by Herman Cain
Features a Foreword by Zell Miller
In They Think You’re Stupid, Herman Cain offers an action plan to help the marginalized voter find a true voice in the political process, while at the same time offering political party leaders an avenue back to the heart of American democracy—the voters. Cain identifies a new voter phenomenon occurring across the nation. Newly registered voters, young African-Americans, unhappy Democrats, and uncommitted Republicans are refusing to strongly identify with either political party. They Think You’re Stupid provides insightful analysis of the factors that have led to what he terms the “politically homeless.” While Democrats are on the road to irrelevancy, Cain believes that Republicans have an opportunity to capture the loyalty of this growing segment of America.
Herman Cain pinpoints a wide range of issues where he believes voters are unified—from the threat of terrorism to “economic slavery.” He argues that the need to see real results around these issues can motivate the politically homeless to become more engaged in the political process, and by their very presence, transform policies and politics in Washington.
Former senator Zell Miller sees Cain’s message as vital for political parties as they approach new elections, “Party leaders would do well to listen to him, all party leaders. Cain is onto something very important for our future. The kind of democracy we have enjoyed for more than two hundred years won’t survive voter apathy. When the voters’ trust is lost, so is their support. To their own demise, many politicians play the politics as usual game and continue to think of voters as mindless and willing to follow anyone because of a few well-placed jabs and sound bites. Candidates from either party who are more concerned with how the party fares will find themselves with plenty of free time on their hands.”
From the perspective of a successful businessman, They Think You’re Stupid offers hope for the disenfranchised voter and common-sense advice to the Republican Party. Cain explains, “The Republicans have a unique opportunity to dominate the political landscape for decades if they do a better job of reaching out to the party outsiders with results, rather than waiting for outsiders to reach in.” Cain sees a new day in American politics, and that day must include a voice for the “politically homeless.”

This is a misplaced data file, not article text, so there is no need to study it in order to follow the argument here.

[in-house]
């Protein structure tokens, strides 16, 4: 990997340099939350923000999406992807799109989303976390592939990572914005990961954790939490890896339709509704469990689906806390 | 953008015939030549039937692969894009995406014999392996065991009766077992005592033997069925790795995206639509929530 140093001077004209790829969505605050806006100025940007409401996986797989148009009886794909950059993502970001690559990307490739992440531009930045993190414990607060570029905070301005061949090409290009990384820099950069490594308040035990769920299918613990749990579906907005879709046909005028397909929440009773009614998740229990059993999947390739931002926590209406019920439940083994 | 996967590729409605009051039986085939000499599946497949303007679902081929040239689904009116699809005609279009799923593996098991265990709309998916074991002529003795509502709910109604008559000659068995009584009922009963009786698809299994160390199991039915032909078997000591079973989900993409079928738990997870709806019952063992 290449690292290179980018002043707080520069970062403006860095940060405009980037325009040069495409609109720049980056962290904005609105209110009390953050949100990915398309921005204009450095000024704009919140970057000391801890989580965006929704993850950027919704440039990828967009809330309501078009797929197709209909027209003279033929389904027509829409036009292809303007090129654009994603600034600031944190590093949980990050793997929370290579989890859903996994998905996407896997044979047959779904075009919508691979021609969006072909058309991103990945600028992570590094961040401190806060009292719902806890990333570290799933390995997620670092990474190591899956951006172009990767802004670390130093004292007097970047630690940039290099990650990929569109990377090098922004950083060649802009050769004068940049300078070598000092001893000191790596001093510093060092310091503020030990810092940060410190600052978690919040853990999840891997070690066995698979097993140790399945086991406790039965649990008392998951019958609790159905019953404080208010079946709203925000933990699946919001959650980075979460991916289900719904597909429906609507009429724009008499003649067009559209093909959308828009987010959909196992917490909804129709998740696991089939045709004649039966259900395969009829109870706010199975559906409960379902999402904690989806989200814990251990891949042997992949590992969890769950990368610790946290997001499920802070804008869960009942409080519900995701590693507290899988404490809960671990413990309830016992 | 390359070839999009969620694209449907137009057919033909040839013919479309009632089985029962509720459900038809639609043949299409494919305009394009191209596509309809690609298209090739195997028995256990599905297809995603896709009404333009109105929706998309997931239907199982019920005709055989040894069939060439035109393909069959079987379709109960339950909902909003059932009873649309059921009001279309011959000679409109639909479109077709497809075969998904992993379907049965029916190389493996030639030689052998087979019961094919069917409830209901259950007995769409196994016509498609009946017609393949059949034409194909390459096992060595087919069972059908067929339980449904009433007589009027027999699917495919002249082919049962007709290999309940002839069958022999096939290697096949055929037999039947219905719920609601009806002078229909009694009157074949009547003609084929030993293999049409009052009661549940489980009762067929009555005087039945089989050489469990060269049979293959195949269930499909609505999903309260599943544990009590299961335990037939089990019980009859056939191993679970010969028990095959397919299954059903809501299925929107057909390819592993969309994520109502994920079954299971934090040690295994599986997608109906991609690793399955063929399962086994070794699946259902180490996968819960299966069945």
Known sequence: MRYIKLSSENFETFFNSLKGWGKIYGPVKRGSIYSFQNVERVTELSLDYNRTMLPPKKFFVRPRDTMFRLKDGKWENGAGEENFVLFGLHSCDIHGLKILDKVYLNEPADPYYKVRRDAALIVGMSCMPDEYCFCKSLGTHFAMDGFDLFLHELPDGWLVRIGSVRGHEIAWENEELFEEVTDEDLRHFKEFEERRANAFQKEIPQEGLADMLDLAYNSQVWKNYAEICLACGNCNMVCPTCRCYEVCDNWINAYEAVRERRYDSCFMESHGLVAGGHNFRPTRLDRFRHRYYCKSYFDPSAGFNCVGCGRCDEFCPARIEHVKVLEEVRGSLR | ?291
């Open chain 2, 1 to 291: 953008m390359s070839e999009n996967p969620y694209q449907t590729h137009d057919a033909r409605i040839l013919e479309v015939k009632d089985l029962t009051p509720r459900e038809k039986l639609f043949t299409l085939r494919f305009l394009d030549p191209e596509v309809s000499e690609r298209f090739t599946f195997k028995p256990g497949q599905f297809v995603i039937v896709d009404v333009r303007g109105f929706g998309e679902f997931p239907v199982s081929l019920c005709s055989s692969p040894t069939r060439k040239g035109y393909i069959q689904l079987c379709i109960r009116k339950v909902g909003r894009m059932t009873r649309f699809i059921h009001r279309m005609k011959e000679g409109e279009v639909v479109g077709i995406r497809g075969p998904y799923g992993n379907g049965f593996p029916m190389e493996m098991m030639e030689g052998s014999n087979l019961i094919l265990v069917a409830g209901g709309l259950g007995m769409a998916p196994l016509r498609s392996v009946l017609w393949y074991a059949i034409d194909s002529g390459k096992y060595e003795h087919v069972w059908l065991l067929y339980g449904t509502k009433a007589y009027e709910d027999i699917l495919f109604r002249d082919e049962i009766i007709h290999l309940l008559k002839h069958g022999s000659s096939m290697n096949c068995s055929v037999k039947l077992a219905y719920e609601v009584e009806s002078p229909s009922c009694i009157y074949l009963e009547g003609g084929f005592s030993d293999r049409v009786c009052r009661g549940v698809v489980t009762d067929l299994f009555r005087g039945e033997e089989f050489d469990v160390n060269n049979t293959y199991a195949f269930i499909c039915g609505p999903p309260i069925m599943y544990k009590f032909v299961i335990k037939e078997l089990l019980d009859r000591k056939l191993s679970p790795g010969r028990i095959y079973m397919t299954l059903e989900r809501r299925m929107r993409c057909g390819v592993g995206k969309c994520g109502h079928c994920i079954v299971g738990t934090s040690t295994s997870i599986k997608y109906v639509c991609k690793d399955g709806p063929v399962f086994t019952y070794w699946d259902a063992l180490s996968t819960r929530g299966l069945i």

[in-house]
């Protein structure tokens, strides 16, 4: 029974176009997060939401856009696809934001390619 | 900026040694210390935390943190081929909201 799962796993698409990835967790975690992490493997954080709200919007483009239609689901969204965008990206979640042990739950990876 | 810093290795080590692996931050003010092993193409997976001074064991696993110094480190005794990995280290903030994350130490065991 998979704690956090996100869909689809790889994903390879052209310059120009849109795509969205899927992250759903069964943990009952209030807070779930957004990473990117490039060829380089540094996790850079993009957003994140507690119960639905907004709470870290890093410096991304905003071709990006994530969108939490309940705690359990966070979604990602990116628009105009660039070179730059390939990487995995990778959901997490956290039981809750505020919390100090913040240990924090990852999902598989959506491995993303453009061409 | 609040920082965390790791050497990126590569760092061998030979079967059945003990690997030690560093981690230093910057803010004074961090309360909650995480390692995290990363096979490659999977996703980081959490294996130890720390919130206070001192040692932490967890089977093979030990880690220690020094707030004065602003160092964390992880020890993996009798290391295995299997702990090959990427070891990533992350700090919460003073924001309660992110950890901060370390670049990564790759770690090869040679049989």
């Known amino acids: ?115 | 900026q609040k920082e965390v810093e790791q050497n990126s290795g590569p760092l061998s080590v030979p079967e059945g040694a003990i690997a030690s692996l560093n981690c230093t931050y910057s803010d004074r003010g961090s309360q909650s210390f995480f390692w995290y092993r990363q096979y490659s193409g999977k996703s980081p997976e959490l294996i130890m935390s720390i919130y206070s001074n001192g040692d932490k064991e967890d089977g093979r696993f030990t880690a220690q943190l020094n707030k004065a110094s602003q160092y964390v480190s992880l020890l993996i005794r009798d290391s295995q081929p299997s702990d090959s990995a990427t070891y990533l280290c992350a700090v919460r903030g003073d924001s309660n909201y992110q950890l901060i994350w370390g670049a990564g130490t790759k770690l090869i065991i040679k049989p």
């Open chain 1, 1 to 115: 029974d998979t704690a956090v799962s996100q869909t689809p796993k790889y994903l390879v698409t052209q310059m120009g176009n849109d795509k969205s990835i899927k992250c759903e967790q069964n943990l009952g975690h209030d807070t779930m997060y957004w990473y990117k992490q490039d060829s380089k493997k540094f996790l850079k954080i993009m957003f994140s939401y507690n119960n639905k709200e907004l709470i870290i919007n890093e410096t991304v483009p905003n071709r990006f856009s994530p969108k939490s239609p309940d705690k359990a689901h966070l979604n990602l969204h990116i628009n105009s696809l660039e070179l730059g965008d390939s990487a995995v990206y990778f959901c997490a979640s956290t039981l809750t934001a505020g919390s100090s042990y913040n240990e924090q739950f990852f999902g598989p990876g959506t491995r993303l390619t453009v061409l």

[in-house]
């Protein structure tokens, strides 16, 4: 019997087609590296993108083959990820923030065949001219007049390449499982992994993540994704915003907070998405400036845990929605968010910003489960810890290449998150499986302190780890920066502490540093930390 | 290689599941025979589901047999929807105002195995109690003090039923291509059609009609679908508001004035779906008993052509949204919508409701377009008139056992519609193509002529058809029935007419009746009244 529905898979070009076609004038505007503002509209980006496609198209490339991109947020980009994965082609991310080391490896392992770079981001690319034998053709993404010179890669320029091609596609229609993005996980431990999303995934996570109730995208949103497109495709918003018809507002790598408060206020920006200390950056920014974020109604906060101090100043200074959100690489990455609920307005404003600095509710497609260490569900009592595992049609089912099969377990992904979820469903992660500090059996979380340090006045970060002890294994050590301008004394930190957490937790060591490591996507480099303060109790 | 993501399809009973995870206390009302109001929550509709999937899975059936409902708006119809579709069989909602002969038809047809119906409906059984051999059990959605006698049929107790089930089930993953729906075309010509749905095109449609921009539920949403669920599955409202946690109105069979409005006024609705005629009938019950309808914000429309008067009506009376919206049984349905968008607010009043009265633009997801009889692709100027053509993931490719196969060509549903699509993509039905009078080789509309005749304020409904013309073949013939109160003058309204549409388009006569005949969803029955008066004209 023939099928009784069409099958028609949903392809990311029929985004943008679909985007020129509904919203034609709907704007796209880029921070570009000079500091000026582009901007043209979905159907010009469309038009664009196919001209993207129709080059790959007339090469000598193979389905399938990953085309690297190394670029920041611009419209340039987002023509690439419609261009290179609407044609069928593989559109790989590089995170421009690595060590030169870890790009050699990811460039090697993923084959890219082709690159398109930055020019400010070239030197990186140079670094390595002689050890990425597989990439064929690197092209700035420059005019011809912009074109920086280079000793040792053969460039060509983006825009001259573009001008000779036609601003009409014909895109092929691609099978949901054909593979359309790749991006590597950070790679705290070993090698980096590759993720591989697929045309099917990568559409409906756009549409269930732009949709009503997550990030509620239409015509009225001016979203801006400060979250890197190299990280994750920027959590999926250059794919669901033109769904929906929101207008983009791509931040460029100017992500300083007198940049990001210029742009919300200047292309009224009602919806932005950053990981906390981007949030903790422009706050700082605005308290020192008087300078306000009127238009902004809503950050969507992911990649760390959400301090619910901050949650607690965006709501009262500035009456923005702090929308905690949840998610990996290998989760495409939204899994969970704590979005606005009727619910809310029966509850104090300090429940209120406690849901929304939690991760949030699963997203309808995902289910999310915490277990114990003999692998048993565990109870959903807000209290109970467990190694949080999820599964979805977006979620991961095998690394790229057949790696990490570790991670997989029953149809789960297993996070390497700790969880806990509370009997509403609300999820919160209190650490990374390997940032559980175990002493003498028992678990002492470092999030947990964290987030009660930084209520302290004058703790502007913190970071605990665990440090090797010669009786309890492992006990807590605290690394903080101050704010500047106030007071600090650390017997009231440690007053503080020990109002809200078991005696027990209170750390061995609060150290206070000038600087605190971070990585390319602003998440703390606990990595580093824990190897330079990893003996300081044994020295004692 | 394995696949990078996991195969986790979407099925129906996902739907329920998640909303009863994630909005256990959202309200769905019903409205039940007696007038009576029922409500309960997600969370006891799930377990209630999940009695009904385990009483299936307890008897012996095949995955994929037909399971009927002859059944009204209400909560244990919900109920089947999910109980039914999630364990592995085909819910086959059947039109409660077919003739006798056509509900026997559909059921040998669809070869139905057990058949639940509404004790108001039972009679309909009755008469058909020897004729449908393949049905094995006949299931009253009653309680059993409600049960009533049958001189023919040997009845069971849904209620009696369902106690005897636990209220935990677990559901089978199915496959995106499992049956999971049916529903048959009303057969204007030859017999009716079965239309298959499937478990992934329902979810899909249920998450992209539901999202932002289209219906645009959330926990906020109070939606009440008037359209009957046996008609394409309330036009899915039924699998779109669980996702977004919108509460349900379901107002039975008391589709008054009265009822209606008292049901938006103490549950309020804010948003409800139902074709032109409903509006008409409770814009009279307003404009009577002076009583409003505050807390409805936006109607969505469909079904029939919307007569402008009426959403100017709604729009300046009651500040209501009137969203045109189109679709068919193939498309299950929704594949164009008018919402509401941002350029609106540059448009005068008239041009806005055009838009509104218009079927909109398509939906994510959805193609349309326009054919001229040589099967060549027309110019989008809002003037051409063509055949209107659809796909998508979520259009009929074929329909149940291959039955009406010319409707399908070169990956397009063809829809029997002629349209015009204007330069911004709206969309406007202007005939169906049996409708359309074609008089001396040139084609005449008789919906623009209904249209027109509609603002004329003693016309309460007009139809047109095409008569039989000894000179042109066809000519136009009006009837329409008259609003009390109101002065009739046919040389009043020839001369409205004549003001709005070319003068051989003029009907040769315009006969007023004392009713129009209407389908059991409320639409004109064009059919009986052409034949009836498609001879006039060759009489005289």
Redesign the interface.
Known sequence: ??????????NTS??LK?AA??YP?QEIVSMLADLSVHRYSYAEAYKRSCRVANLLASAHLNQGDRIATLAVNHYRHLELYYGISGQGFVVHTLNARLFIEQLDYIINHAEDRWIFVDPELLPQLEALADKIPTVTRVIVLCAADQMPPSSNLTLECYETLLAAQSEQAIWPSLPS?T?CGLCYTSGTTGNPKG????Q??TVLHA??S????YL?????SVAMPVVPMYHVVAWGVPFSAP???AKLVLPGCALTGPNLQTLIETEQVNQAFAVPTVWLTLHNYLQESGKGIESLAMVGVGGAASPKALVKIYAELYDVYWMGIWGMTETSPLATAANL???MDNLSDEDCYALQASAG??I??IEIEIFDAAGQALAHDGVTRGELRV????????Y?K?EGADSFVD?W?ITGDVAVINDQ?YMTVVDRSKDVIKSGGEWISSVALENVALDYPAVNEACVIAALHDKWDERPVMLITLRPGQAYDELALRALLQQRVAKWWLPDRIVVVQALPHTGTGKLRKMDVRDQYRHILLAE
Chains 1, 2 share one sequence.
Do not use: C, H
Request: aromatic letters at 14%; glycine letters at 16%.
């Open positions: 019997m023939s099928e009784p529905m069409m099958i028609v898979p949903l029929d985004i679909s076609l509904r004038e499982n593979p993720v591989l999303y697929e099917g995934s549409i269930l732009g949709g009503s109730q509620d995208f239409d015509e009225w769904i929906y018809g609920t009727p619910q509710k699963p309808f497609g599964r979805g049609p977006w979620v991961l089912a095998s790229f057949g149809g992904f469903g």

About the Author
Herman Cain is the host of the nationally syndicated radio talk-show, “Herman Cain with The Bottom Line.” The show is designed to inform the audience of the facts, and challenge the rhetoric on the big economic issues of the day.
Cain launched the “New Voter’s Alliance,” a vocal and persistent organization that works to influence public policy and inspire voters to become involved in legislative decisions. He has also created the “New Voice Foundation,” which educates voters on issues of economic importance.
Herman Cain ran in the 2004 Republican primary for the U.S. Senate in Georgia. He surprised political analysts by finishing a close second in the three-way race, even though it was his first attempt for public office. His success in attracting a broad new audience of voters inspired him to write this book.
He has also served as senior advisor to the 1996 Dole/Kemp Presidential campaign and was appointed to serve on the 1995 Economic Growth and Tax Reform Commission.
Herman Cain is a successful businessman, best known for the dramatic turnaround of Godfather’s Pizza under his leadership while President and Chairman. He has also served as CEO and President of the National Restaurant Association and as Chairman of the Federal Reserve Bank of Kansas City. Cain is an accomplished and popular speaker, and has authored four books on topics ranging from leadership to politics.